I figured out about 45 years ago that going public was the best way to handle conflict.
When I was 18-years-old, and went to jail, I had nothing to hide.
All incoming inmates had to strip naked in front of some deliberately inattentive guard, as part of admission.
There was nothing left to hide, and there isn’t now.
I know lots of people who hide behind their vanity; I know few whom are truly public, warts and all.
Whether it’s some academic institution or a local hockey club, bring it on; your rumors only ferment your own failures.
Julia Glotz of The Grocer in the UK writes that in the hepatitis E outbreak, supermarket X is Tesco.
Julia is referring to explosive claims that, as initially reported by the Sunday Times, hepatitis E is sickening Brits at an alarming rate.
But that didn’t stop Public Health England from sticking its fingers in its ears and loudly singing ‘la la la’ for the best part of a week. It didn’t want to name ‘supermarket x’ because the findings of its hepatitis E study do ‘not infer blame on the supermarket’.
Oh okay. Fair enough. I see the strategy here. So instead of some uncomfortable articles about a possible link between hep E infections and retail pork products, we’re going for a week of near-hysterical coverage shouting Silence On Banger Virus, and insinuating an agency tasked with protecting public health is refusing to drop a big supermarket in it. What must these brutes at Tesco be doing to poor PHE to force it into silence? Round of applause, everyone.
Anyway, the kitty is now firmly out of the bag, so it’s time to reflect on some lessons from the whole saga. After all, hepatitis E is far from the only food scandal in town right now. And, in PHE’s defence, this is really tricky territory. Risk communication is notoriously hard, and informing the public about risks related to food can be especially thorny. Food regulators and agencies across the globe struggle with it.
Doug Powell, a former professor of food safety who runs the wonderfully named BarfBlog (yes, it’s about people getting sick from dodgy food), has an entire section on his website called ‘Going public’. In it, he chronicles example after example of public disclosure foul-ups from food regulators around the world: vague press releases rushed out after hours; vital information made available too late for the sake of double, triple and quadruple checking; and bare facts and stats dumped on the public without context to help them make sense of risk.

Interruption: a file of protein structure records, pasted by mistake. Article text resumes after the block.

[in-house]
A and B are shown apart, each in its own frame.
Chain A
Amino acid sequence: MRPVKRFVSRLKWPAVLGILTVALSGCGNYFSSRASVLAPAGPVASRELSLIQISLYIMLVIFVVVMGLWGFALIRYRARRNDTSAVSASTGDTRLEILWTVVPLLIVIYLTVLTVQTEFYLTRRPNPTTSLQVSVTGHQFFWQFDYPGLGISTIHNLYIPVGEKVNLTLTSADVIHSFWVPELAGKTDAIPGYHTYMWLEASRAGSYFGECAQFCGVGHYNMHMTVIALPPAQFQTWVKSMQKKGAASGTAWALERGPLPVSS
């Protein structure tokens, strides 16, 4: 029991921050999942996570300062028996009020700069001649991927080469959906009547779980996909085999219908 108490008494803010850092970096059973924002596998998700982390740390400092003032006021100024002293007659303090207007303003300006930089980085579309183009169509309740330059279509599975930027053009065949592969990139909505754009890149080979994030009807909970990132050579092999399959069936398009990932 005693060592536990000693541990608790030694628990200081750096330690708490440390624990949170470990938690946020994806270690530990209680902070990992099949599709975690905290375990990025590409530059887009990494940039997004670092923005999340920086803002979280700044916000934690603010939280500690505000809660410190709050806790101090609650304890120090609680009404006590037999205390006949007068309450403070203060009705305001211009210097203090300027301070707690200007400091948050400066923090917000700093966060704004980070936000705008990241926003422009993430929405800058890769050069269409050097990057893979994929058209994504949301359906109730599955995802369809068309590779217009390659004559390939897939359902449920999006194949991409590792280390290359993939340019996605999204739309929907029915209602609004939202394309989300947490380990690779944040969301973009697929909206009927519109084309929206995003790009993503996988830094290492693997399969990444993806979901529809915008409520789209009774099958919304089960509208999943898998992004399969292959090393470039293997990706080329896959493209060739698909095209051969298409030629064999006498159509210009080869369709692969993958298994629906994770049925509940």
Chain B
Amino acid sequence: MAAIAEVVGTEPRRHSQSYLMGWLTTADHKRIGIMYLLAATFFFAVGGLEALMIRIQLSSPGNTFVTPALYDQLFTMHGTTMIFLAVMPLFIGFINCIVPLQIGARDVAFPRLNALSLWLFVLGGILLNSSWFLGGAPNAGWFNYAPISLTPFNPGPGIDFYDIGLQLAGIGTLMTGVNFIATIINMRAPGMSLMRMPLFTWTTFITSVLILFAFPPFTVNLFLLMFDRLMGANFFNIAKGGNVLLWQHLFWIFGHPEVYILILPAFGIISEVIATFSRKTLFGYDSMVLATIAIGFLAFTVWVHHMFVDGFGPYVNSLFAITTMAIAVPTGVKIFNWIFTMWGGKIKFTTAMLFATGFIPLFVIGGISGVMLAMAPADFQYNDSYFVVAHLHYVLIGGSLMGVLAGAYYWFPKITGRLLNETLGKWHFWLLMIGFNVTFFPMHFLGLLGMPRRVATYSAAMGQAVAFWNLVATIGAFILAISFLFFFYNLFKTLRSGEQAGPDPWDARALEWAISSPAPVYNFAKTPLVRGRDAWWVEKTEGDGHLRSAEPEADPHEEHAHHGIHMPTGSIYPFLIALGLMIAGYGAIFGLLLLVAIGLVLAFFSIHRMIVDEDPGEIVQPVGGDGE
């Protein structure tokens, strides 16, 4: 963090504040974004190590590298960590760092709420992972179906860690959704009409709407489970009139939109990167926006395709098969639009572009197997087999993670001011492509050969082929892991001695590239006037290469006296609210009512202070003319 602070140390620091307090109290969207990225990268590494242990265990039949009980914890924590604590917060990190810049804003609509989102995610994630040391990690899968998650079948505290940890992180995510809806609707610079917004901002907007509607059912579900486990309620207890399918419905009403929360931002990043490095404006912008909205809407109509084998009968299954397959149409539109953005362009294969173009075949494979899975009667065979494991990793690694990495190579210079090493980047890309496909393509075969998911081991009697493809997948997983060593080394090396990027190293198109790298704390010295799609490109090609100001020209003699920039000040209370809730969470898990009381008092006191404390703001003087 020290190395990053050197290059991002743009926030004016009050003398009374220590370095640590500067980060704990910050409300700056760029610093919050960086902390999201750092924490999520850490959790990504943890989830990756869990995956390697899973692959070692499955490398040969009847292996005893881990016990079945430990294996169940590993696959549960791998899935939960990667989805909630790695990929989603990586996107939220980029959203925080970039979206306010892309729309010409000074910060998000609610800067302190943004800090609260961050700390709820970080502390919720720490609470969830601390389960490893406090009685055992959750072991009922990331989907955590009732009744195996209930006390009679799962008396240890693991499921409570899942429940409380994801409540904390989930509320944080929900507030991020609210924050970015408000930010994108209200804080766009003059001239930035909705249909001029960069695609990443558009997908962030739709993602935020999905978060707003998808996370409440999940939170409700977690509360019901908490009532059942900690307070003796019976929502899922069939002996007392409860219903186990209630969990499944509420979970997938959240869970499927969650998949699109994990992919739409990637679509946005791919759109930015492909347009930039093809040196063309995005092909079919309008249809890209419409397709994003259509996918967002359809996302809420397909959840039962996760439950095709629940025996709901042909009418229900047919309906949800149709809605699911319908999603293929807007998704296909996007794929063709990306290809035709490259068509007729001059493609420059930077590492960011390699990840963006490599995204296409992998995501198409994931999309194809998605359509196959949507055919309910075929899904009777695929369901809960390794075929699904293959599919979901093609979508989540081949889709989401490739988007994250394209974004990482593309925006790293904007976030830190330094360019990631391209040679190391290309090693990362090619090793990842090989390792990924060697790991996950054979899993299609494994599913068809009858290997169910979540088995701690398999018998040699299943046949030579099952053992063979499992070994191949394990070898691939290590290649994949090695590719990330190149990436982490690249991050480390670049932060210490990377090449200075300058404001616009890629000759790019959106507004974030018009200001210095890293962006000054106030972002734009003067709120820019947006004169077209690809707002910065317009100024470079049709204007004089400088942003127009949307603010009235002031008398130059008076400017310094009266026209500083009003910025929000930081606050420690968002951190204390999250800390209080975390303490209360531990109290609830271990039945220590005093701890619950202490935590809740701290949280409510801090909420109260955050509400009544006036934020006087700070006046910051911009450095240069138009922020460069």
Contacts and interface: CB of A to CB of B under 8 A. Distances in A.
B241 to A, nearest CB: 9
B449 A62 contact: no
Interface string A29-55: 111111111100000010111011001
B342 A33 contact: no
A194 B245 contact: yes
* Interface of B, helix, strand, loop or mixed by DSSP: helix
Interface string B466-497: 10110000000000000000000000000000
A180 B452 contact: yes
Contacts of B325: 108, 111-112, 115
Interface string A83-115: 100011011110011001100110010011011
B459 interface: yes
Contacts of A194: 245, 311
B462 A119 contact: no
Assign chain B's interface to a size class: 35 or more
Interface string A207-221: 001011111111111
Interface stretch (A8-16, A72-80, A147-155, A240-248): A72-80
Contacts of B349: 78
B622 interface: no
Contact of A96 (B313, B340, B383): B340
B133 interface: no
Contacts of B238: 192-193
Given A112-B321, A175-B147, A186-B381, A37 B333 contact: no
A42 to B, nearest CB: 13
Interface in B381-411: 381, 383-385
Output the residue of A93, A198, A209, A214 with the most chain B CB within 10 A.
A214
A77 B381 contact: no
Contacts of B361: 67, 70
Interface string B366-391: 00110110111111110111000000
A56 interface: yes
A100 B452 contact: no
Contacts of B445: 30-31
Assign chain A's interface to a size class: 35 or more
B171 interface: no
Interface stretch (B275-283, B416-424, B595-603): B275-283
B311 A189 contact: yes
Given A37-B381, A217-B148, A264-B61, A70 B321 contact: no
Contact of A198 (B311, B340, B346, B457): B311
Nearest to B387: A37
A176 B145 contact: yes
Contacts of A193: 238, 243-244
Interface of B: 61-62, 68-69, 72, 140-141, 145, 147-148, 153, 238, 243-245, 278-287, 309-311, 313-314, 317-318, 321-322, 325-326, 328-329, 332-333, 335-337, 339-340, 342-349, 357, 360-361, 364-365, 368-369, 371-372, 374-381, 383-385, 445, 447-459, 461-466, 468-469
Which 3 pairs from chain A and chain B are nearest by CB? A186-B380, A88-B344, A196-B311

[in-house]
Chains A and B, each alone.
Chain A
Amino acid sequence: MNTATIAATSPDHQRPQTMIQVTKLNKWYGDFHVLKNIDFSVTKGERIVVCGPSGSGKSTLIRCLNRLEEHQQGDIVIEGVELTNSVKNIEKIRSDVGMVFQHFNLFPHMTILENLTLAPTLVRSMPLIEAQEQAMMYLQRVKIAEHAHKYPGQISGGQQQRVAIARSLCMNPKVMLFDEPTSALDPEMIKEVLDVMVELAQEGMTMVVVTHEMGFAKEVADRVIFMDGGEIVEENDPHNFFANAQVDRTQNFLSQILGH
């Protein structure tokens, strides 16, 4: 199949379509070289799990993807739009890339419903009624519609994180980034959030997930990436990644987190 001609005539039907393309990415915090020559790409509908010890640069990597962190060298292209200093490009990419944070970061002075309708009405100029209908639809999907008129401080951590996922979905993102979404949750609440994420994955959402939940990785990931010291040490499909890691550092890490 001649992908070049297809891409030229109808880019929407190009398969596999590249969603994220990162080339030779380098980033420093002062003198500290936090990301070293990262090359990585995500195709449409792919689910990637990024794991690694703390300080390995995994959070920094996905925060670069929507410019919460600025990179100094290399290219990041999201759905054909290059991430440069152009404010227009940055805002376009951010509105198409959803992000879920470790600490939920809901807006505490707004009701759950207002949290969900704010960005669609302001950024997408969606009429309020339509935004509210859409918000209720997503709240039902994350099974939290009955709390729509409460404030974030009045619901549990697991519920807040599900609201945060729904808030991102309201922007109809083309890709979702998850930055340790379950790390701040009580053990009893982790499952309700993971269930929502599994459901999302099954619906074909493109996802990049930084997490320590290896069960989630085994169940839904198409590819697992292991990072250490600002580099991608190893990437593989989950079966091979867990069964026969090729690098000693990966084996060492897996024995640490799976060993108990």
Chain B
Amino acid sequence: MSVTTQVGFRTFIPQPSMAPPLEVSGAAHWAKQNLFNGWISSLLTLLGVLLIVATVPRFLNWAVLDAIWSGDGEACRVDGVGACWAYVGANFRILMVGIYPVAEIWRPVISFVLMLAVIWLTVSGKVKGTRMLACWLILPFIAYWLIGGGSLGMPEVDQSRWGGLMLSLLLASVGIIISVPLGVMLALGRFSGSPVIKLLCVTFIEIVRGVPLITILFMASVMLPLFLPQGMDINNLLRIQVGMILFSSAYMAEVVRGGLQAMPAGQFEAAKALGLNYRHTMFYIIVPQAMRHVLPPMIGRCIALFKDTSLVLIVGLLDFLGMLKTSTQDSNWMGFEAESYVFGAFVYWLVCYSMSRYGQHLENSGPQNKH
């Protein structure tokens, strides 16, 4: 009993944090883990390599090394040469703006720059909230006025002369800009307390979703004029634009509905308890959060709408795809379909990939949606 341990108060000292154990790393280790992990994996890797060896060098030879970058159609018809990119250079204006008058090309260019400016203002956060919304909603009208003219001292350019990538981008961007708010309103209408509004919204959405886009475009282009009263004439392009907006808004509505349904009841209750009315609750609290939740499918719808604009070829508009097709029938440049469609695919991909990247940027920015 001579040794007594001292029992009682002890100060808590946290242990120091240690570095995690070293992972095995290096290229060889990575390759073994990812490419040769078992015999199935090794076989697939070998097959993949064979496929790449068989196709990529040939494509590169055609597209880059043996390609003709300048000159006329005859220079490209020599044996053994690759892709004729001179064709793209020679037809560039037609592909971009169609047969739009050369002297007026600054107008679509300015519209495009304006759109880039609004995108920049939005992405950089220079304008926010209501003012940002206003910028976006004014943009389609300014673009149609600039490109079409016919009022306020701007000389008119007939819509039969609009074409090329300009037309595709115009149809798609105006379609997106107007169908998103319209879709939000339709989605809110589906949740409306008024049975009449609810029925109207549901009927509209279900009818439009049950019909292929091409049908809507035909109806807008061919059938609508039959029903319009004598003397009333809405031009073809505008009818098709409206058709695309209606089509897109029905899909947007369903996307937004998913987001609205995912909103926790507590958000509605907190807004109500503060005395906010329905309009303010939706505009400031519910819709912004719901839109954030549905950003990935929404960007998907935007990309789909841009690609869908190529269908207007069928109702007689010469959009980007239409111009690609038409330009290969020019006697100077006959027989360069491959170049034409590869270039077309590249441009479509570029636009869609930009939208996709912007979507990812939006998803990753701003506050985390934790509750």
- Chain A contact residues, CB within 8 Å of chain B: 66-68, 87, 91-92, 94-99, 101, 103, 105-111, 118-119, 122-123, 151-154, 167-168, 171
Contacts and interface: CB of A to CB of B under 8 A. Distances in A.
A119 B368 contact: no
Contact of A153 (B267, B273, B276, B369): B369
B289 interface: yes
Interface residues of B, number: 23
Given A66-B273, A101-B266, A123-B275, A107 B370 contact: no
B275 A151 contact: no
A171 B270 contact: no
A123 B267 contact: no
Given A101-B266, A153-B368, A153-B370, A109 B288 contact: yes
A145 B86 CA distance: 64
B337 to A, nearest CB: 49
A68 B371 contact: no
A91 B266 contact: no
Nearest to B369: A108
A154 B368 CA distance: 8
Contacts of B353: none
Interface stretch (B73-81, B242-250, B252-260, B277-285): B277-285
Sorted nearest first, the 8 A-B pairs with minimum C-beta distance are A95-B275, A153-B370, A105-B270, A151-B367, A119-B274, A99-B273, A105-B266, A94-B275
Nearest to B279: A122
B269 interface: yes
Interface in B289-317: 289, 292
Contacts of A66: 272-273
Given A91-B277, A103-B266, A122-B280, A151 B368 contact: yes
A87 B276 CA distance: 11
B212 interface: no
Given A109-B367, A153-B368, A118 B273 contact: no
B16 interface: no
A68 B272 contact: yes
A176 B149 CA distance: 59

Powell is also the co-author of a fascinating article published in the Journal of Environmental Health earlier this year, which examines how regulators approach public comms during food scares. It concludes there is widespread confusion – and hugely varying standards – largely because there is little concrete guidance on food risk disclosure. Too many decisions are made ad hoc; what little guidance there is is couched in flabby, unhelpful language like ‘timely release of information’, without defining what ‘timely’ means.
So does that mean PHE should have named Tesco right from the start? Not necessarily. Its study did not establish that Tesco products were the direct cause of hepatitis infections; it was a statistical analysis only. There are valid concerns about the potential for premature information to mislead consumers and do significant harm (though it’s worth pointing out Powell’s report found no evidence to support a paternalistic approach where members of the public are protected from ‘too much’ information). ‘Naming and shaming’ of individual companies could potentially distract consumers from other, more important information about how they can protect themselves. Might a shopper who doesn’t buy ham and sausages at Tesco, for example, tune out and not pay attention to cooking advice to minimise the risk of hepatitis E infections?